According to Balatibat, other insects grow hairs that can harm other insects, like the infamous hairy caterpillar, or “higad”.
These insects, like the large red ants, notoriously known as “hantik,” somehow become protectors of the ecosystem, too.
“When you knew there’s higad in that tree, would you still go to pick the fruits? Naturally not. The same with the hantik,” he says.
Regardless of their size, insects can travel great distances from one island to another. In fact, some insects are known to travel across borders in some Asean countries.
Bees, for one, can travel great distances to haul pollen from tree to tree, flower to flower, from one place to the next, and bring them back to the bee hive “for storage.”
ACB Executive Director Theresa Mundita S. Lim told the BusinessMirror via Messenger on September 12 that indeed, there are migratory insects.
“The most famous is the monarch butterfly,” but she says these amazing migratory insect does not naturally occur in the Asean.
Lim says Asean shares common insects, especially those who share protected area borders.
Tangible, intangible benefits
According to Lim, a licensed veterinarian, insects have tangible and intangible benefits.
“Tangible because some species can be alternative protein sources for local communities. Some serve as ingredients for farm feeds,” she says. Lim is a former director of the Department of Environment and Natural Resources’s Biodiversity Management Bureau (DENR-BMB).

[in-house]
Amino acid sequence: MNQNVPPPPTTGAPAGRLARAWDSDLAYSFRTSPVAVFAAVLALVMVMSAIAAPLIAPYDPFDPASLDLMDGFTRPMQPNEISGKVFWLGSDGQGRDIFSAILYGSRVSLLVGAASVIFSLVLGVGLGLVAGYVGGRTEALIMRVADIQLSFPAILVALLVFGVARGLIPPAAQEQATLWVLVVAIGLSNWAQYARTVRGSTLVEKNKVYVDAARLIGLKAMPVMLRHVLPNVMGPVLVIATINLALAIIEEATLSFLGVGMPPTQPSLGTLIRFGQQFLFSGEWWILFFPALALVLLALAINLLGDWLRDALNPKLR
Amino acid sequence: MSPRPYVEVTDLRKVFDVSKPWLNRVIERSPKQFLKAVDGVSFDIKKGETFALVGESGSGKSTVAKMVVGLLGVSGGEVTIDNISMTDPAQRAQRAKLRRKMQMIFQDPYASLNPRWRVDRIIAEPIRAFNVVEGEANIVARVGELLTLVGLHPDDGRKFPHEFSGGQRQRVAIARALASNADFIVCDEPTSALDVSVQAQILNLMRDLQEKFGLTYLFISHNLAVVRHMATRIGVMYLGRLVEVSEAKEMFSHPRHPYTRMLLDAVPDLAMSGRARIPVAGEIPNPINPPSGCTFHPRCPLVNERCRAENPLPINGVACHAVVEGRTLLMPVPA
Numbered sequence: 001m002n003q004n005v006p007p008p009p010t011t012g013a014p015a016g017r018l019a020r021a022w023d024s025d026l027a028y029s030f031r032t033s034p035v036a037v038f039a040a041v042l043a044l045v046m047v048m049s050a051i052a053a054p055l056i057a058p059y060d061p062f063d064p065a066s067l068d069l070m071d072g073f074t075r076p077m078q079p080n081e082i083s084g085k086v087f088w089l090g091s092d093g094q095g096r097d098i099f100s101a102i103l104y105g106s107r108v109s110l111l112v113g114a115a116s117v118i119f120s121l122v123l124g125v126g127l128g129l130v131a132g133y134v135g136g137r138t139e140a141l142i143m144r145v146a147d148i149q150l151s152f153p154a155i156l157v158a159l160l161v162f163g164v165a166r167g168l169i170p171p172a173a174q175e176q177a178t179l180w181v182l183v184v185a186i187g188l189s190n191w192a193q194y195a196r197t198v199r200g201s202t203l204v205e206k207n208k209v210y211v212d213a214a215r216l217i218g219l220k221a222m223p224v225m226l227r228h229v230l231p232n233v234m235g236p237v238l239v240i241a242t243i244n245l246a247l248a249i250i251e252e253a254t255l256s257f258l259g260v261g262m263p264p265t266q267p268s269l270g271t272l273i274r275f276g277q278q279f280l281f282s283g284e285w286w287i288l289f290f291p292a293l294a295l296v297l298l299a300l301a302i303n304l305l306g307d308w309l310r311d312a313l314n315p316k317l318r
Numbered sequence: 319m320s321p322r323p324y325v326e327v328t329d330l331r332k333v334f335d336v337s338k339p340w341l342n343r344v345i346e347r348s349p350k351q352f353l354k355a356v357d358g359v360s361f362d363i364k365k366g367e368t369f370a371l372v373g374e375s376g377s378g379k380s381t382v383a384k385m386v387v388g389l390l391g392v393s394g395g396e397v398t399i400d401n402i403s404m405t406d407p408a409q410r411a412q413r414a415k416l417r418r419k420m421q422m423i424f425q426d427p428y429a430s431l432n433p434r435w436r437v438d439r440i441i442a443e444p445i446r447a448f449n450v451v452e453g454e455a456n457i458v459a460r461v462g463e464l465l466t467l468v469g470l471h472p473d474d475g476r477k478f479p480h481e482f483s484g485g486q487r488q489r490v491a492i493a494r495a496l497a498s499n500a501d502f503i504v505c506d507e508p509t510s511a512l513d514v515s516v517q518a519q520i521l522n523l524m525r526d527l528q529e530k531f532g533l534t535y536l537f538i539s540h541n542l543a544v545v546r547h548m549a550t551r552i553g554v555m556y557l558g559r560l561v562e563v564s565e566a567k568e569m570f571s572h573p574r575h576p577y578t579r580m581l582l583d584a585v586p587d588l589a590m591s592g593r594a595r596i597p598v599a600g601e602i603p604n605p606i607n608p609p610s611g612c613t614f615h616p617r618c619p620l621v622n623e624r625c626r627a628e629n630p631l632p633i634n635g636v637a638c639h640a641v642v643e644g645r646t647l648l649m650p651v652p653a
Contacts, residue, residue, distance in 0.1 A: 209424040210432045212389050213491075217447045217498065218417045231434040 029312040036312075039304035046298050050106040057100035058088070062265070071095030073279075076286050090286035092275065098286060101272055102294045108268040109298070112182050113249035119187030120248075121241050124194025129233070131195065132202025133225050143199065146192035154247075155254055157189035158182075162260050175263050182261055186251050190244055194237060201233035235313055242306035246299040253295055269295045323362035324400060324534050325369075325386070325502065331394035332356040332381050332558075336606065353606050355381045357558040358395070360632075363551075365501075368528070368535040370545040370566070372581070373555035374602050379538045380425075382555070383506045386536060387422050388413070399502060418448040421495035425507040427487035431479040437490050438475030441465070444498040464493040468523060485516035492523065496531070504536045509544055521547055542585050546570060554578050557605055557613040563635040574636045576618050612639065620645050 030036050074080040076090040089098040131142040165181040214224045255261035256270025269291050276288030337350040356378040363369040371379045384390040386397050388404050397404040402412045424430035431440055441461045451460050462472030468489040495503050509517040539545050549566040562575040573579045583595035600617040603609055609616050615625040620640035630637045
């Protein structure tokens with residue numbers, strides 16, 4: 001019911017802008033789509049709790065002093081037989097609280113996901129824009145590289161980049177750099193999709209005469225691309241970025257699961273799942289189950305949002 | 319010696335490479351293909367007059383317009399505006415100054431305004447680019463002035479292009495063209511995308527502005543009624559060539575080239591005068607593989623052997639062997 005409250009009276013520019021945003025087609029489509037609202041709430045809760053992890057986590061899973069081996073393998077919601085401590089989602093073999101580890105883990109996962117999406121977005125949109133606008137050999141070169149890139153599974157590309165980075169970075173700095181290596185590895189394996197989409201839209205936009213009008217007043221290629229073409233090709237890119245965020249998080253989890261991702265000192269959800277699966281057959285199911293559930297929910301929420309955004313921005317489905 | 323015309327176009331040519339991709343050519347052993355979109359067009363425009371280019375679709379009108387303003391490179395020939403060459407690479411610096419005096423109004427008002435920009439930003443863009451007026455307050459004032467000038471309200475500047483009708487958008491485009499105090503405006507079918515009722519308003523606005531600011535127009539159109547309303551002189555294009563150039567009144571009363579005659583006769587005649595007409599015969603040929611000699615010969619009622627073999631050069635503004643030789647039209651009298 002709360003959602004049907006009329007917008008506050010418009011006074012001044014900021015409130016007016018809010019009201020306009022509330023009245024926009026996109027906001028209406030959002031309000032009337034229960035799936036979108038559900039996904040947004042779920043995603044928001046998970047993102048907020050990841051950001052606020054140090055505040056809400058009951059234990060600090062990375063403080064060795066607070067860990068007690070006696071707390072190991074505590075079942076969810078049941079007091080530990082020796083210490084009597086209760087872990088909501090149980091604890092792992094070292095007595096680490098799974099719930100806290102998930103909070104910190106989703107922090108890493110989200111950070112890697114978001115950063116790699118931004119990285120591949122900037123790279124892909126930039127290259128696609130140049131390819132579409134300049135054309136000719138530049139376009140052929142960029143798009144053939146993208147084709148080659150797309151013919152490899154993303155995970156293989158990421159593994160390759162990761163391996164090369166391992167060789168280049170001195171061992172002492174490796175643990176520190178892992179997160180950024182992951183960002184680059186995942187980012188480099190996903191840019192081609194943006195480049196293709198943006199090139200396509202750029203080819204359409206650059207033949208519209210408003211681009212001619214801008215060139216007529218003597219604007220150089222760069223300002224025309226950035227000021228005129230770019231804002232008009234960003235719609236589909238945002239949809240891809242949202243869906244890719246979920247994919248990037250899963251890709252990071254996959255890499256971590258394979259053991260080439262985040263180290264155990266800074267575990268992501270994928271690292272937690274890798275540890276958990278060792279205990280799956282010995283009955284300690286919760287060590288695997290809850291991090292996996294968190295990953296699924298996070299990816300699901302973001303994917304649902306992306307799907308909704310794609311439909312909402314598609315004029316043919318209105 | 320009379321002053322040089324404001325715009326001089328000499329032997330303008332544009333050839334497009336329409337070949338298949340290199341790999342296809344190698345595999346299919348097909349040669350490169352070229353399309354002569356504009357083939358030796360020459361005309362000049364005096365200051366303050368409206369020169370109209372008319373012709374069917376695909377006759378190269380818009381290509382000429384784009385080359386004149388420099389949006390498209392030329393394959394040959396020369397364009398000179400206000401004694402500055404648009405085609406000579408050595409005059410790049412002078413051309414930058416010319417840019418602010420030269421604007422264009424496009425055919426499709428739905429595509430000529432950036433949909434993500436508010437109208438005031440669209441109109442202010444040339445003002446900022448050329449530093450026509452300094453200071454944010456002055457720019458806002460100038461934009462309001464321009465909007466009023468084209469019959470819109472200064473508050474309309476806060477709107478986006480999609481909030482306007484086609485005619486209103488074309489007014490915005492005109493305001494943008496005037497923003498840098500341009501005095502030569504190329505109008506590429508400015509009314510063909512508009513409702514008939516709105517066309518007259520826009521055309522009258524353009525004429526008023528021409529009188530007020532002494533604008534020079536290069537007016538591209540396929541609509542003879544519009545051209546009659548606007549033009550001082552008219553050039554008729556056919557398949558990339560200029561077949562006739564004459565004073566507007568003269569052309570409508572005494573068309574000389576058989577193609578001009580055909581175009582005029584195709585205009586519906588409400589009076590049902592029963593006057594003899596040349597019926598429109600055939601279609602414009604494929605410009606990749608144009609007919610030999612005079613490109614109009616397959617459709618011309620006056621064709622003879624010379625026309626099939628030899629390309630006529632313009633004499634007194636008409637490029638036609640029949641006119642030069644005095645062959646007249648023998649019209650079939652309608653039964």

According to Lim, some insects, like the pollinators, help in naturally propagating trees and plants.
“Some are detritus feeders, helping to break down organic materials to help enrich the soil. Some [bees] produce byproducts [honey] that can be important as part of the diet for humans and animals, and if properly packaged, can also be a source of livelihood for communities,” she adds.
“All these benefits, directly or indirectly, contribute to biodiversity in Asean,” she says.
According to Lim, the ACB’s programs directly or indirectly help raise awareness and promote the protection and conservation of plants and animal wildlife, including the “lowly” insects.
The ACB, which implements the Asen Heritage Park (AHP) program, values insects as part of the web of life.
“AHPs protect areas rich in biodiversity, including habitats of important insects,” she says.
Moreover, the Asean Green Initiative, which propagates native trees, supports the life cycles of native insects, either as part of their food source, as nesting ground, or as shelter.
“We also implement a project that encourages the protection of local honey bees by helping develop a local bee farming for honey production,” Lim adds.
Image credits: Gregg Yan